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Republican candidate profiles for the two available seats for Sayreville Borough Council

SAYREVILLE – Two Republicans are seeking two available, three-year terms on the Sayreville Borough Council in a race that could determine party control of the governing body.

The terms currently held by Republican Donna Roberts and Democrat Michele Cassidy Maher will be on the ballot in the Nov. 8 election.

The Republicans seeking the terms are Roberts and Dan Balka. The Democrats seeking the terms are Maher and Damon Enriquez.

Enriquez and Maher are profiled in a separate article.

Balka has been a member of the Sayreville School District Board of Education (BOE) for 12 years.

“After completing my fourth term as a BOE member, I would like to continue to serve the Sayreville community on the Borough Council,” Balka said. “I was fortunate enough to have worked for the borough for 20 years prior to becoming the CFO [Chief Financial Officer] for the City of South Amboy and would appreciate the opportunity to serve the taxpayers of Sayreville as a councilmember.

“I believe my background and experience can guide the borough to fiscal accountability and smart growth,” he said.

Currently the CFO for South Amboy, Balka has been involved with municipalities for over 30 years and has also held the positions of auditor and chief accountant. He holds a bachelor’s degree in business administration and accounting from Seton Hall University and holds licenses as a certified public accountant and a certified municipal finance officer.

“I am extremely familiar with the processes and procedures that need to be followed [with municipalities],” Balka said. “I also have a vast understanding of the inner workings of local government that would be a great asset to the community and the council.

“Serving on the Board of Education (BOE) has also increased my familiarity with the inner workings of the school district. I participated in a variety of committees including finance, personnel, buildings and grounds, contract negotiations and policy.”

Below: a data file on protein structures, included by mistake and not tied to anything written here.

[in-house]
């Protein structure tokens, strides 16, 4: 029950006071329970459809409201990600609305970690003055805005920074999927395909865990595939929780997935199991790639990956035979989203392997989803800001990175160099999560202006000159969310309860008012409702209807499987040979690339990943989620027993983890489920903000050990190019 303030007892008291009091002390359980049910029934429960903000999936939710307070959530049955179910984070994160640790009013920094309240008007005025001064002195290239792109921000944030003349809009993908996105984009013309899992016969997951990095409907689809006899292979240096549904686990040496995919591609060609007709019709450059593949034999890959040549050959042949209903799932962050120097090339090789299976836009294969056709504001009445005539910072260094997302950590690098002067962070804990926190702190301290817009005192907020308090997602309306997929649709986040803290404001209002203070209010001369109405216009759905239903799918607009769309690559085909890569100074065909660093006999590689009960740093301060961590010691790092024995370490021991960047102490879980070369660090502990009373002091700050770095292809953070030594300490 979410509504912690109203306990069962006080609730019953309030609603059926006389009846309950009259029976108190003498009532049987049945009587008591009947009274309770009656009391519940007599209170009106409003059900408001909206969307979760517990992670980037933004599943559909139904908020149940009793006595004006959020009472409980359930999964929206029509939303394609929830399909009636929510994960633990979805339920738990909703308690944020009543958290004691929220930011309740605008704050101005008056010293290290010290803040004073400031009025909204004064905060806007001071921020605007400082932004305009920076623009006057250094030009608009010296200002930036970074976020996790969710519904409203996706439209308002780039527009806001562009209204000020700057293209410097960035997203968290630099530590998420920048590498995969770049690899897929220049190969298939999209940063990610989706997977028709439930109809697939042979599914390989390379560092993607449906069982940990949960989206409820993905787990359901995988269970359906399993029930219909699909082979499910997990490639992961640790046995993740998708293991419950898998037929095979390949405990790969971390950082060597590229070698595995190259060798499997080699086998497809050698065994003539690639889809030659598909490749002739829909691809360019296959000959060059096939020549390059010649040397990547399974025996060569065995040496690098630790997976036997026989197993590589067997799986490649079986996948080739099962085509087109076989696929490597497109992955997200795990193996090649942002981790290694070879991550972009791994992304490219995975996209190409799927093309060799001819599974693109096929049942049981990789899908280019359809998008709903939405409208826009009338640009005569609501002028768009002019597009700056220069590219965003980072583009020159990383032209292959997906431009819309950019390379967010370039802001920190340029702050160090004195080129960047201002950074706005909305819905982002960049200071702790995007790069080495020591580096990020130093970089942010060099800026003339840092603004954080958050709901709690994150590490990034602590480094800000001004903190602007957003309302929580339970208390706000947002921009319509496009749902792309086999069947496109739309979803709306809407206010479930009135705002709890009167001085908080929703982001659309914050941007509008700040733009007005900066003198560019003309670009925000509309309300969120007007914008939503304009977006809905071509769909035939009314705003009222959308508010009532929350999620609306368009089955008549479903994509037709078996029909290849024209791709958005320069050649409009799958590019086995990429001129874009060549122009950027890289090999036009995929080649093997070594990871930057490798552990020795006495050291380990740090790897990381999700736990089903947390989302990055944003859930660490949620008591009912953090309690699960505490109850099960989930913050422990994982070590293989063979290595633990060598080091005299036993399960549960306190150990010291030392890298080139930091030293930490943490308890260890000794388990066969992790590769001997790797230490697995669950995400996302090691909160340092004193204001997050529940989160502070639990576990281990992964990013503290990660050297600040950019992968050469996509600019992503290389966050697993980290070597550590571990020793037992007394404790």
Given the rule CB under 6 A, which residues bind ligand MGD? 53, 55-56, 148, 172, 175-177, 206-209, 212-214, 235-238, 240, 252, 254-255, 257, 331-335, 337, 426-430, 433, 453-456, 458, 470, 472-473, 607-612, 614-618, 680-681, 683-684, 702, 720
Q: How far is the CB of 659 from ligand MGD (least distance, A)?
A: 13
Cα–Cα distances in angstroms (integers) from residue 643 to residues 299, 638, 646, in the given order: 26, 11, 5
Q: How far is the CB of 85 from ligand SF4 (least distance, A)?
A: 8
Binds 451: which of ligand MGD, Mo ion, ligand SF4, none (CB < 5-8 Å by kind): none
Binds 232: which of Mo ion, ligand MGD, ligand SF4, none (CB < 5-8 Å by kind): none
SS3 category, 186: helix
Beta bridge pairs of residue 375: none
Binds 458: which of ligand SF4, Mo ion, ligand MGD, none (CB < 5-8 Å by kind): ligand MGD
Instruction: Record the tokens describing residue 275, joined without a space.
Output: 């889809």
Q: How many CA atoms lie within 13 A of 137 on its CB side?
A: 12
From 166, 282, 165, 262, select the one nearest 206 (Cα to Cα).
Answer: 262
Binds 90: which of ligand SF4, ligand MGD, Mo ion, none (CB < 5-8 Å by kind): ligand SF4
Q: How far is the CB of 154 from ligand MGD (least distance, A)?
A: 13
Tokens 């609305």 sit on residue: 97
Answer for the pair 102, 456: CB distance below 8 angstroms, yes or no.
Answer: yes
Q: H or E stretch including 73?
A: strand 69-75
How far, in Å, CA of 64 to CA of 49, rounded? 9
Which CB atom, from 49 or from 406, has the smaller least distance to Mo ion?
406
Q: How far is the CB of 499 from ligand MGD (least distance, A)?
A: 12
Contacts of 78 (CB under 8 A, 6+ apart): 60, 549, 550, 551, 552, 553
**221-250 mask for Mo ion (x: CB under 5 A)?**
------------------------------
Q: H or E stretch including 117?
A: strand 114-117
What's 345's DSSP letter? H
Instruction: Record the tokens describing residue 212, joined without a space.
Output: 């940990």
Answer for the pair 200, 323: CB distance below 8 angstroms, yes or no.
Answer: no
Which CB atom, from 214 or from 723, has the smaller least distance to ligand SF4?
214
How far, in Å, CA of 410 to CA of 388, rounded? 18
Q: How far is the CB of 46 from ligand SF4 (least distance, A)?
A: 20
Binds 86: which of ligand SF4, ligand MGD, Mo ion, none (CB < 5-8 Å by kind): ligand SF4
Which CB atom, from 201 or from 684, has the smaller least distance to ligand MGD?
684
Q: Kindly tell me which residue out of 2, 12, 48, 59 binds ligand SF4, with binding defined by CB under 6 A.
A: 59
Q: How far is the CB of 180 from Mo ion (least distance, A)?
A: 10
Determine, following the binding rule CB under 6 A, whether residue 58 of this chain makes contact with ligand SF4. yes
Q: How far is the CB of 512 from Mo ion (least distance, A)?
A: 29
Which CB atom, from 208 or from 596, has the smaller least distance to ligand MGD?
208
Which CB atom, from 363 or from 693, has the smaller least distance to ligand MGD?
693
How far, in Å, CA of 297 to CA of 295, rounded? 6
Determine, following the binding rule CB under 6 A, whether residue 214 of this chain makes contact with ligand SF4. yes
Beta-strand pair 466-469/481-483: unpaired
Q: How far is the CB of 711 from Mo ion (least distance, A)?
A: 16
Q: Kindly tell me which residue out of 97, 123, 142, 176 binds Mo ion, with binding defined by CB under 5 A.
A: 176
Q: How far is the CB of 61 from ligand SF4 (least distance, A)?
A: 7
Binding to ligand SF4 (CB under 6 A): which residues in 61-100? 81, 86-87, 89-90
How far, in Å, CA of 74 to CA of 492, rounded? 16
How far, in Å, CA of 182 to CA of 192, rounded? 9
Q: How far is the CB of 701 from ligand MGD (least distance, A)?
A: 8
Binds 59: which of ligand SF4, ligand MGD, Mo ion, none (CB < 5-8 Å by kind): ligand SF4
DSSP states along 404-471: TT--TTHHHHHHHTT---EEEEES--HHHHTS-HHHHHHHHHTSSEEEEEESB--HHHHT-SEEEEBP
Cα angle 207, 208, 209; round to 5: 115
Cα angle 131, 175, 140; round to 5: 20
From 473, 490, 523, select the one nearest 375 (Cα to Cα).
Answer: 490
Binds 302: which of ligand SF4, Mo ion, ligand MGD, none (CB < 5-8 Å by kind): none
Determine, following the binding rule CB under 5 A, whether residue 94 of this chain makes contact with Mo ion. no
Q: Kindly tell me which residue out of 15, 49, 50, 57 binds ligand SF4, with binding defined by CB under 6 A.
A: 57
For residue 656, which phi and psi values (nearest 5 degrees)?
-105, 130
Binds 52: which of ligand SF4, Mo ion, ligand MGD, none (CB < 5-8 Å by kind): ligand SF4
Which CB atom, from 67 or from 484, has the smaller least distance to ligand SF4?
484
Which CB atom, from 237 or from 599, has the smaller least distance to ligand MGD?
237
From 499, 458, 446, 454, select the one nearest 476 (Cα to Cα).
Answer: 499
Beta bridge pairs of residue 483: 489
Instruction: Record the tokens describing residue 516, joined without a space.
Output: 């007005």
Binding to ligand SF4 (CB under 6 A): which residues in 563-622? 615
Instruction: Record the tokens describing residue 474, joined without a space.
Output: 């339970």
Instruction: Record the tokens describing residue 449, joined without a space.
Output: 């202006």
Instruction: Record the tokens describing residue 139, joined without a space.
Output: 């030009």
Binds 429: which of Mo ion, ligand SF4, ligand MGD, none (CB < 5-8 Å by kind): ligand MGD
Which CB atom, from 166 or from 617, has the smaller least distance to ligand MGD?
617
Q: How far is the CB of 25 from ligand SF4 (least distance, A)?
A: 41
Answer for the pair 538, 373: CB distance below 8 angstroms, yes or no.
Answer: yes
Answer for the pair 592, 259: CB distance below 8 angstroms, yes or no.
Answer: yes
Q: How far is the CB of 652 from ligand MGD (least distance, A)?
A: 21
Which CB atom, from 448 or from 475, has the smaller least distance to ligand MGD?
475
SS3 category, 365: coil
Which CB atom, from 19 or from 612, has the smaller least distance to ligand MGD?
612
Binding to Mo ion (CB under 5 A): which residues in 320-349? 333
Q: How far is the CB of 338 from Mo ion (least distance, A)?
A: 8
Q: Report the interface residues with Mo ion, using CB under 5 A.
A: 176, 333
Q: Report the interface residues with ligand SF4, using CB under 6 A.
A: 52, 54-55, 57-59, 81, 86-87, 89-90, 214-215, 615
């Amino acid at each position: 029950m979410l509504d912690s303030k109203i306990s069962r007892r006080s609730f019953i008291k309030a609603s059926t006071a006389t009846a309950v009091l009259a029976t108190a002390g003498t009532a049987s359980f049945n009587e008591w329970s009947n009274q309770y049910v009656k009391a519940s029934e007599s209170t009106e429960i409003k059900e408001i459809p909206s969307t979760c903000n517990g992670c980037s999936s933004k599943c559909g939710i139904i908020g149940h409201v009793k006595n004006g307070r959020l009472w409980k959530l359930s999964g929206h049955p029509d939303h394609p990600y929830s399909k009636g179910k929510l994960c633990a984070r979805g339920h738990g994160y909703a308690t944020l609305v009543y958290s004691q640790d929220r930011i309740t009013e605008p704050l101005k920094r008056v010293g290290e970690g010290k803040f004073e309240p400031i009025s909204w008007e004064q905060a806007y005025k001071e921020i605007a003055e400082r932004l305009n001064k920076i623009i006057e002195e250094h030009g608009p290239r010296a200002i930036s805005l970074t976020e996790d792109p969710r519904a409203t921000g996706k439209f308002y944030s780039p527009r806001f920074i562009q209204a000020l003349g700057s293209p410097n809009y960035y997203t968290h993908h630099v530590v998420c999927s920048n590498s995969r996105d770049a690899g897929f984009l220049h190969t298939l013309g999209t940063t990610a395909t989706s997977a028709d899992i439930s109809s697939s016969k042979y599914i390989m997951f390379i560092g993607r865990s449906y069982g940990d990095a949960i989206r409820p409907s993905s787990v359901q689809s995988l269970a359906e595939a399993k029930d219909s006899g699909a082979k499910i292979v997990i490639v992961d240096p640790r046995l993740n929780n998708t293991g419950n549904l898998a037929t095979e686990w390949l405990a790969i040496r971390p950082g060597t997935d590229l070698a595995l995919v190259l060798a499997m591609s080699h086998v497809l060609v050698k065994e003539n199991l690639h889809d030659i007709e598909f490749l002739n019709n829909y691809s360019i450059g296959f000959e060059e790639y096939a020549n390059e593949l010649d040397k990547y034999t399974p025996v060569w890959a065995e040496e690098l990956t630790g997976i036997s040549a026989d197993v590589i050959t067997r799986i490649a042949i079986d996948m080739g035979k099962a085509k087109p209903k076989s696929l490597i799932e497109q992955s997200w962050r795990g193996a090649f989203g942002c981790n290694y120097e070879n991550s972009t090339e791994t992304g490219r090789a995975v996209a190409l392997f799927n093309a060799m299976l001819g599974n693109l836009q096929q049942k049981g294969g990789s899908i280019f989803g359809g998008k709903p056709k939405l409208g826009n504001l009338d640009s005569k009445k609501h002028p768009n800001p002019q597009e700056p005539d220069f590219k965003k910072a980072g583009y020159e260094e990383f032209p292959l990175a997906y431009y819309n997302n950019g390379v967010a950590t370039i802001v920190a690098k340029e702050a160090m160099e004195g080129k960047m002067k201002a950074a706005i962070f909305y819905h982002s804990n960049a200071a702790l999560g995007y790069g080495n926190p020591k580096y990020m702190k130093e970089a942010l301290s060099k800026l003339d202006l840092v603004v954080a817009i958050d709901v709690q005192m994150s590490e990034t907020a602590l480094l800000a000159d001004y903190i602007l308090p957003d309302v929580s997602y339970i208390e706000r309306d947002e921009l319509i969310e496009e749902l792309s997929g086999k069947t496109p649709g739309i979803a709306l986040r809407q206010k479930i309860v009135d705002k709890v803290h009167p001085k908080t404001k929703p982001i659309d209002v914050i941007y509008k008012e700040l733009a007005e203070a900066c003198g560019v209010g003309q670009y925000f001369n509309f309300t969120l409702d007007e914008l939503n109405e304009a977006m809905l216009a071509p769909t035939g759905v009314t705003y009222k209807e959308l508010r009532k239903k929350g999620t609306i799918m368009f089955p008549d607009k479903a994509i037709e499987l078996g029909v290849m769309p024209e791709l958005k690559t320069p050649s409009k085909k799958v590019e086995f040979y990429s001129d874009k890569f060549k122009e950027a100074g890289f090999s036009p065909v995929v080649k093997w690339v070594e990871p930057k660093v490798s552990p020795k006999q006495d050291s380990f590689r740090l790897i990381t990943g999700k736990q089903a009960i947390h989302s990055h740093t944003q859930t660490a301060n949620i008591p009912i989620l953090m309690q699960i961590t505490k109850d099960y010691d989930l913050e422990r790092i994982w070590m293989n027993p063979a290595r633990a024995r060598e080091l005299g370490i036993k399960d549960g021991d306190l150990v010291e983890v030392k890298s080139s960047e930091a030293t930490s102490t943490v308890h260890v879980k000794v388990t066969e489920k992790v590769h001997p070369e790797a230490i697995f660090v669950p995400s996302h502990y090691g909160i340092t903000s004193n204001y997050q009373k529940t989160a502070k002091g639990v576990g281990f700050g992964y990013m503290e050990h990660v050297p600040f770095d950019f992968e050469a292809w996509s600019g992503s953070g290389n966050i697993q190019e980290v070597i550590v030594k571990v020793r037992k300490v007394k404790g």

If elected, Balka said he would address the issue of the financial soundness of the Sayreville Economic Redevelopment Agency (SERA) and other boards in the borough.

“Due to the recent allegations of bribery, one of the most crucial and difficult situations right now is the financial soundness of SERA, as well as the Planning and Zoning boards,” he said. “These allegations are casting a shadow over all aspects of the government in Sayreville, and I would hope that my integrity and ethics would help restore the trust in the council that many of the residents no longer have.”

Balka also said he intends to address the issues of property taxes, development and infrastructure.

“Other issues that are always important to the residents are property taxes [the economy], over development and the crumbling infrastructure in town,” he said. “Planning needs to be done with foresight. There has been too many developments including housing and warehouses without realizing the impact on traffic, roads, safety and quality of life for our residents.”